We've lived through a long history of Pakistanis behaving badly with women: sometimes we want to beat them lightly, other times we want to prevent them from working, and in extreme cases we kill them.
So we were prepared for a backlash against the women's marches that took place across Pakistan on International Women's Day. We accepted that most Pakistanis would react badly to the spectre of women taking to the streets en masse to call for equal rights.
What we WEREN'T prepared for is how one little poster about food — one poster among the hundreds of posters carried at these aurat marches -- would transform a vast number of Pakistani men into emotional wrecks.
This is the poster we're talking about:
As soon as pictures of this poster made their way online, the backlash was immense. Popular Facebook pages took offense to the post and crafted memes mocking desi feminism and women in general. Men took to Twitter to express their indignation too.
All of this had us scratching our heads. WHY was this poster so offensive to men? Did they not understand that the poster was a simple call to end gender stereotyping? That men and women should both be encouraged to do housework, and that splitting household chores is an essential step towards equality? Apparently not.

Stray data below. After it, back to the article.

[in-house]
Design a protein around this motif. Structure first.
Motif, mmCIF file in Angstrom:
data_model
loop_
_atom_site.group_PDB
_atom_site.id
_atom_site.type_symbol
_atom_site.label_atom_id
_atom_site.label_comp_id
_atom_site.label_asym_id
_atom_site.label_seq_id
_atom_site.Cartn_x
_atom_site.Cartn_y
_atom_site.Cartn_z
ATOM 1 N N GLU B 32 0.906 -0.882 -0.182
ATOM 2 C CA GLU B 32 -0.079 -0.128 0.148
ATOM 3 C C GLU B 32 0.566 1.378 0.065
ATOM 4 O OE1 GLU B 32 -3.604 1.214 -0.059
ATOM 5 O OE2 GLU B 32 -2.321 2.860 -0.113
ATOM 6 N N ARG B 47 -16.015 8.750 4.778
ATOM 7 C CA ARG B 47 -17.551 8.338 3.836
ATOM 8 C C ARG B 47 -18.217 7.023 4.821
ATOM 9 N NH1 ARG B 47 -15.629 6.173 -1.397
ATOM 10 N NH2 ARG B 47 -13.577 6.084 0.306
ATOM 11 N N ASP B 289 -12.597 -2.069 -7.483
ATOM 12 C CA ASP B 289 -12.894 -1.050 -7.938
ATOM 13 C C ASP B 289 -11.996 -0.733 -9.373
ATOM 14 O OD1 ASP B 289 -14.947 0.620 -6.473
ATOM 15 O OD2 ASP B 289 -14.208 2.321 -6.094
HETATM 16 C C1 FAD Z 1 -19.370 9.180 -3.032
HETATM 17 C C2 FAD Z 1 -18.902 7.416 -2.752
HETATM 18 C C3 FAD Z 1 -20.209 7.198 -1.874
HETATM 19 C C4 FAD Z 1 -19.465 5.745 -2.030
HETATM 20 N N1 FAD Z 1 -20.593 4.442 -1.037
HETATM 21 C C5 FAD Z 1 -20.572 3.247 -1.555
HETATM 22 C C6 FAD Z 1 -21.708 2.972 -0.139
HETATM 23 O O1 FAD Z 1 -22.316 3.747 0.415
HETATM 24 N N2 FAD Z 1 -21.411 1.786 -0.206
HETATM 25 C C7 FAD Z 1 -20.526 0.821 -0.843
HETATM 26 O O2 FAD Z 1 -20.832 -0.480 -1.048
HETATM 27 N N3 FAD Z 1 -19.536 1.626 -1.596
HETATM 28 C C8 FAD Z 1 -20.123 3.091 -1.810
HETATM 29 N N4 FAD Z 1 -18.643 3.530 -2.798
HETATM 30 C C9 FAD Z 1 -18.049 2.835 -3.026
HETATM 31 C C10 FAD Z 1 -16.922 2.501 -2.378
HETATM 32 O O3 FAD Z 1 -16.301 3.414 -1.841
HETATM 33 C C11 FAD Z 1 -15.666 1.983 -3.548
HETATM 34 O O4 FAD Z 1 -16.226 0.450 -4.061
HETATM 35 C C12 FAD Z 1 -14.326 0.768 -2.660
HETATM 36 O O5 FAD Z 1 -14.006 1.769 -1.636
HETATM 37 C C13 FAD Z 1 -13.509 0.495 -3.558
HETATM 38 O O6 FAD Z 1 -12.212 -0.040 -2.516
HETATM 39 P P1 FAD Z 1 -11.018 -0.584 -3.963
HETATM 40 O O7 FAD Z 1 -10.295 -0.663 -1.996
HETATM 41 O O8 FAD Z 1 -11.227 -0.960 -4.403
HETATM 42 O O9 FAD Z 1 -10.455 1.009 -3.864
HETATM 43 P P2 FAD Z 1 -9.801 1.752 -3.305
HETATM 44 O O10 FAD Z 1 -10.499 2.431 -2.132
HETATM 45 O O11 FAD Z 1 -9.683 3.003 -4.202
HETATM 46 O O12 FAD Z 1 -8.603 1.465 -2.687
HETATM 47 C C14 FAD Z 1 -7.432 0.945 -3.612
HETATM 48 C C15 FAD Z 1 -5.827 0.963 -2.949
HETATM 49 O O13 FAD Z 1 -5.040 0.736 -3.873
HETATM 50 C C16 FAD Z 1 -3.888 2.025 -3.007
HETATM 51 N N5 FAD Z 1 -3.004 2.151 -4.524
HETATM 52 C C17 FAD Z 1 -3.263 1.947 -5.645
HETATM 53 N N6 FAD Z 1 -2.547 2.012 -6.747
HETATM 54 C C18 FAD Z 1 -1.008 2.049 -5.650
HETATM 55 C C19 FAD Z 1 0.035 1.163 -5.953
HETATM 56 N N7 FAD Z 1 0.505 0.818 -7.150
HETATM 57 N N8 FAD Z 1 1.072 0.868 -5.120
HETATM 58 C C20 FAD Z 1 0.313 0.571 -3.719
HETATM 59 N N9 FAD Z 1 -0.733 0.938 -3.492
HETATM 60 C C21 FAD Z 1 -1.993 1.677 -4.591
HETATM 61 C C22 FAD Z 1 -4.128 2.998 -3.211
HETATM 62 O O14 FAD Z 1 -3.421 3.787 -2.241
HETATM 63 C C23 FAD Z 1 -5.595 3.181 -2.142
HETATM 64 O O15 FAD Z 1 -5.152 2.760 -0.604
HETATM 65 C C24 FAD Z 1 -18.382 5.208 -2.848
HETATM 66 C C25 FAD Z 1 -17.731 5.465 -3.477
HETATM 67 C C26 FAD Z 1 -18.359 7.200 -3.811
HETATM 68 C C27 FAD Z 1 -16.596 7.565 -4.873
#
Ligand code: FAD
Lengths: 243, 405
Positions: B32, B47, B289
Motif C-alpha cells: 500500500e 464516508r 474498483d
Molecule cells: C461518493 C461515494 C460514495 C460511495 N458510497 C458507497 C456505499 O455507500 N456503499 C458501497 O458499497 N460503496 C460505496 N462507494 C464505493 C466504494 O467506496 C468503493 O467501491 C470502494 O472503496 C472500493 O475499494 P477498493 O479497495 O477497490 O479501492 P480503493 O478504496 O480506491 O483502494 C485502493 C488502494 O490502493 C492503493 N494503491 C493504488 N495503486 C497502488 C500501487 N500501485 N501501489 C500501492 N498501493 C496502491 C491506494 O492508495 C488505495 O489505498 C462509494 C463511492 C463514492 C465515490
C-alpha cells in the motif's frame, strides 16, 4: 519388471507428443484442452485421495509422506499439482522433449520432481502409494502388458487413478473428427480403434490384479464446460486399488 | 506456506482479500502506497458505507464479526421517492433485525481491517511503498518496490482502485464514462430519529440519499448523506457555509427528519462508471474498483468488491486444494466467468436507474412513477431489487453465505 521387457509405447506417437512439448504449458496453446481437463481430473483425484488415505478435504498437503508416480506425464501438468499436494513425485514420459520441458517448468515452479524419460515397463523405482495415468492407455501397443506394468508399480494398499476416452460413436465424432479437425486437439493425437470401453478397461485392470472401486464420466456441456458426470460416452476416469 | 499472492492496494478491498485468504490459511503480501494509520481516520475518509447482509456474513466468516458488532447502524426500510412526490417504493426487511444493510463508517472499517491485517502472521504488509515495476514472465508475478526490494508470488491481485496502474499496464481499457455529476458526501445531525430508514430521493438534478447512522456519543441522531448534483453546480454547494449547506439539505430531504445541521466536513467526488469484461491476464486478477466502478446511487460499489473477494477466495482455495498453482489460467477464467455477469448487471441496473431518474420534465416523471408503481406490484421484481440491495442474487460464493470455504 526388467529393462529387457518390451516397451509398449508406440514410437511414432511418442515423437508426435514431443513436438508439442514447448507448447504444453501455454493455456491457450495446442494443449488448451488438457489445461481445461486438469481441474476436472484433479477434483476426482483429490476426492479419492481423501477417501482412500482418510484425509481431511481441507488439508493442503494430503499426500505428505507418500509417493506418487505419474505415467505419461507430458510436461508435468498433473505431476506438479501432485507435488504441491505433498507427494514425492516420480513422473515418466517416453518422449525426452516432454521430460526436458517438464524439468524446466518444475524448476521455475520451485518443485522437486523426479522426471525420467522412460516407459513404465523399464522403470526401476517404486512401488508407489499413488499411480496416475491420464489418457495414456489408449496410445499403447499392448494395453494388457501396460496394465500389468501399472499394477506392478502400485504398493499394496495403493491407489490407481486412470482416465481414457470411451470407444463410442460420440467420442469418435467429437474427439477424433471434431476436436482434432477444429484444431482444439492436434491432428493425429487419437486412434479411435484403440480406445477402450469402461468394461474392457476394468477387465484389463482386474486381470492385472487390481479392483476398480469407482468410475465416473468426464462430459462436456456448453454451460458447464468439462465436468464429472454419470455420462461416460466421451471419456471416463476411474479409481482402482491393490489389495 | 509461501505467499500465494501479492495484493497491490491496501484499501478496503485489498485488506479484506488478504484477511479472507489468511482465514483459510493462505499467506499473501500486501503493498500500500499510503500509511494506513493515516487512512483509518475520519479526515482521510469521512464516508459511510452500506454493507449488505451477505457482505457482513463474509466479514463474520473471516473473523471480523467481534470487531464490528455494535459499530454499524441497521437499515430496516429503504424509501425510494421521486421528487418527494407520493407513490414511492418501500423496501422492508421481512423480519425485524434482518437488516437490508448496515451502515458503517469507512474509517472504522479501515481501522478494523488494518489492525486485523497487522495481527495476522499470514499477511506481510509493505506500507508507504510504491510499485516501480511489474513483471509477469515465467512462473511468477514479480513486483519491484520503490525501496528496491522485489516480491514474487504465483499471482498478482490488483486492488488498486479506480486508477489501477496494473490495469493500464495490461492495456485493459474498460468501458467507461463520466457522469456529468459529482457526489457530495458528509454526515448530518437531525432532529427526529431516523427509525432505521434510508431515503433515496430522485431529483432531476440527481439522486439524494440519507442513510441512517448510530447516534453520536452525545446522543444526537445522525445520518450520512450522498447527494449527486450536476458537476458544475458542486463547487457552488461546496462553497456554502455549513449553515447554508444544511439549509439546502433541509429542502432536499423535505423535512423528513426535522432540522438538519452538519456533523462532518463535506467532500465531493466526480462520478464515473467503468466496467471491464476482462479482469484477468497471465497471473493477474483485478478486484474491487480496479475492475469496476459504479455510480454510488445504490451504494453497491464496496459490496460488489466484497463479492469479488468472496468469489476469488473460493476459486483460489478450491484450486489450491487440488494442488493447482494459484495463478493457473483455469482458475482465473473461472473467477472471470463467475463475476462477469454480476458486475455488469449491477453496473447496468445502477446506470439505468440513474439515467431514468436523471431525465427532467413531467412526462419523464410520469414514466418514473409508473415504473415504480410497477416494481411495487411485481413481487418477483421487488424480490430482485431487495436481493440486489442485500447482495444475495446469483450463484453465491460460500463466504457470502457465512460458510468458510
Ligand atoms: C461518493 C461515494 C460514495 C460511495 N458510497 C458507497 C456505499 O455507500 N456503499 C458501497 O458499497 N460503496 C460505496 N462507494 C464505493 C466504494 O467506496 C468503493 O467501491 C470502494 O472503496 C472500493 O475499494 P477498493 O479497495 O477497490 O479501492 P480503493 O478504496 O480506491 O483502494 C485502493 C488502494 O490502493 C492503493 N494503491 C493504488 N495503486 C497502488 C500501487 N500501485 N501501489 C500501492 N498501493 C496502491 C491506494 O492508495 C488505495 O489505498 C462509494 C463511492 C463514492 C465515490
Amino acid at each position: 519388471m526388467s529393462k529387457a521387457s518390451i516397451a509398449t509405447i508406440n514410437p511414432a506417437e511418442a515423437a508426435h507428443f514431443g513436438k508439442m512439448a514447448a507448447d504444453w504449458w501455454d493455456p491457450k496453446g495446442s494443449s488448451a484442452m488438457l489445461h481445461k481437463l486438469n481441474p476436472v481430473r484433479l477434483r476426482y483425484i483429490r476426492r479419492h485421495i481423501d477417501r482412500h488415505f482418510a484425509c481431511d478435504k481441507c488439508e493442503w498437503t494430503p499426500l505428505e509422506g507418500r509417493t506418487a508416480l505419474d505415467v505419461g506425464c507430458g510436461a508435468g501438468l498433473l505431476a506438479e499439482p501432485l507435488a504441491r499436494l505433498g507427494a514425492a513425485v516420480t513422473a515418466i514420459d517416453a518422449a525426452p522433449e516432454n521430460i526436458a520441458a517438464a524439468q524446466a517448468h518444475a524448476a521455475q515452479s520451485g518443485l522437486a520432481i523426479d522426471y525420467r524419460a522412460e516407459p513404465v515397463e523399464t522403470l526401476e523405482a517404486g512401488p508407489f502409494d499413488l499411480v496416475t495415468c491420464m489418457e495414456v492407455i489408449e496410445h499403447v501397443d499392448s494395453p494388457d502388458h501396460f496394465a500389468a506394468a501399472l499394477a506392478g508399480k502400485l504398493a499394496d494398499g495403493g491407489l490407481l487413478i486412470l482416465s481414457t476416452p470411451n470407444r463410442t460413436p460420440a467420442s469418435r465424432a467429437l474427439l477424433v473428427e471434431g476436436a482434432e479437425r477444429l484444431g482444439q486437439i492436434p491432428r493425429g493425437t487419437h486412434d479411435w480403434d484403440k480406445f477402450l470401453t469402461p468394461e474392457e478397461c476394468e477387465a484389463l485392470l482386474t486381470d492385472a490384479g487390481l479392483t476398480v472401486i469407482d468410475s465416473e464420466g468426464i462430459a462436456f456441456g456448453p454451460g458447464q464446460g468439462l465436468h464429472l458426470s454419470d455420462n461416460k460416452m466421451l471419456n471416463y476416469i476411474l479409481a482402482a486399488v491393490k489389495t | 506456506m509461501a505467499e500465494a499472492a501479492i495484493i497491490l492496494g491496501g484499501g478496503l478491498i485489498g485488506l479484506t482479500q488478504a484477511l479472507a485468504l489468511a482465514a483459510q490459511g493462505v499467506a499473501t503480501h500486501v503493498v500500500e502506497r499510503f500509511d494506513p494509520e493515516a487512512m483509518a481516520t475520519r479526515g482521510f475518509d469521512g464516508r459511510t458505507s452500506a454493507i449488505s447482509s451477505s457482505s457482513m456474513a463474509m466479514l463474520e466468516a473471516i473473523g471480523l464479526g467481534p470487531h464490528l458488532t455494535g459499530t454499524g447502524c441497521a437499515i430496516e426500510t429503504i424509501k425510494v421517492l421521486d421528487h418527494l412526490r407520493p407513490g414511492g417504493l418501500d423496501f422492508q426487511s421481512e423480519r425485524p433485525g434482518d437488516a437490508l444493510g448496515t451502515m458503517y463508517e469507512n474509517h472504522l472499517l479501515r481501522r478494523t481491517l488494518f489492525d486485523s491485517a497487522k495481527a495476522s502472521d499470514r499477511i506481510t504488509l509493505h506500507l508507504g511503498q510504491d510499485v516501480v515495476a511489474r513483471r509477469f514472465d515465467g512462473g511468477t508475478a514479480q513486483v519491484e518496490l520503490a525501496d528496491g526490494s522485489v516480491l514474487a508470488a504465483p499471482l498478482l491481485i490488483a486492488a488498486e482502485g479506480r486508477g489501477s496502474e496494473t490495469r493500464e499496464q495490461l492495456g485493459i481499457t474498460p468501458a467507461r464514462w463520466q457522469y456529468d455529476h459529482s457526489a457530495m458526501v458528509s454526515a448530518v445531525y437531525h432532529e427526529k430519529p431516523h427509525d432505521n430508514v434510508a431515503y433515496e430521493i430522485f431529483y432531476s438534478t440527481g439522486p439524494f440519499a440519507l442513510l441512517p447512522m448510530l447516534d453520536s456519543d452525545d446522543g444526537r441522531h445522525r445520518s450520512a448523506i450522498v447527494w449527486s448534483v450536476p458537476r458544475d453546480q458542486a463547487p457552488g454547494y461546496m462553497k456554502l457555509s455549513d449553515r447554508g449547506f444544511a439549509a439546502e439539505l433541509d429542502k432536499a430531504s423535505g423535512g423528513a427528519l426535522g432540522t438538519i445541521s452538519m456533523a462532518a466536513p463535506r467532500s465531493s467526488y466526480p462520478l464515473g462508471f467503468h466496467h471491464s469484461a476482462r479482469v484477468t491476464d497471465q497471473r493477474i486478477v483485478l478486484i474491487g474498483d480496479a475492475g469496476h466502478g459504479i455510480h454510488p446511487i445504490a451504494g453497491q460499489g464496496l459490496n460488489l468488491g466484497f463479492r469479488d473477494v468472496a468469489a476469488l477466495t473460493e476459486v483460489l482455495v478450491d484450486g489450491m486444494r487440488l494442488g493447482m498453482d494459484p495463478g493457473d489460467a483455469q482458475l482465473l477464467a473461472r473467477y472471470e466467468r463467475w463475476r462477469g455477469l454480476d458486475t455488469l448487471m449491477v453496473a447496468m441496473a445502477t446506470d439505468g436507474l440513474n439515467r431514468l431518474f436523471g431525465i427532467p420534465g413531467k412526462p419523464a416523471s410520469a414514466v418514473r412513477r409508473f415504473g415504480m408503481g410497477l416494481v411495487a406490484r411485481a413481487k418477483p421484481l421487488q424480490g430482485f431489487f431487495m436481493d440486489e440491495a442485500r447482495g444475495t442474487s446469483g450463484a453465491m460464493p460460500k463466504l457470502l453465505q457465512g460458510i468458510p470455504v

Thankfully some women and men on social media clapped back using logic.
Yeah. Seriously, did you just take us back to A'Levels? Maybe if you want to be taken seriously by women you should present a better argument.
Yep. Did anyone even read the manifesto for Karachi's Aurat March, which called for economic justice, reproductive justice and environmental justice? The aurat marches happening around the country featured hundreds of posters that talked about rights for transgender persons, physical insecurity, rape and more.
And yet we can only focus on a poster about food? Hmm.
And if that isn't enough, here's some proof that the Aurat March was concerned about issues OTHER than dinner.
Not only does this person make a completely random assumption about the women referred to as "new wave desi feminists", he/she forgets that it's common for both young women and men to have their parents pay for their college degree. The poster calls for equal distribution of housework and if you expect women to pay back their parents' financial support with house chores, then the same should be expected of their brothers. That's all the poster is trying to convey.
Also... what's a tampoon?
Here's a reality check:
While it'd be great for all women to do their own shopping, change their own tyre, etc, it's important to recognise that women aren't socialised to perform these activities, so they don't necessarily have the confidence and skills to do them. So again, the poster is a call for an end to gender roles and the hope is that it galvanises both women and men to brush up on some basic life skills.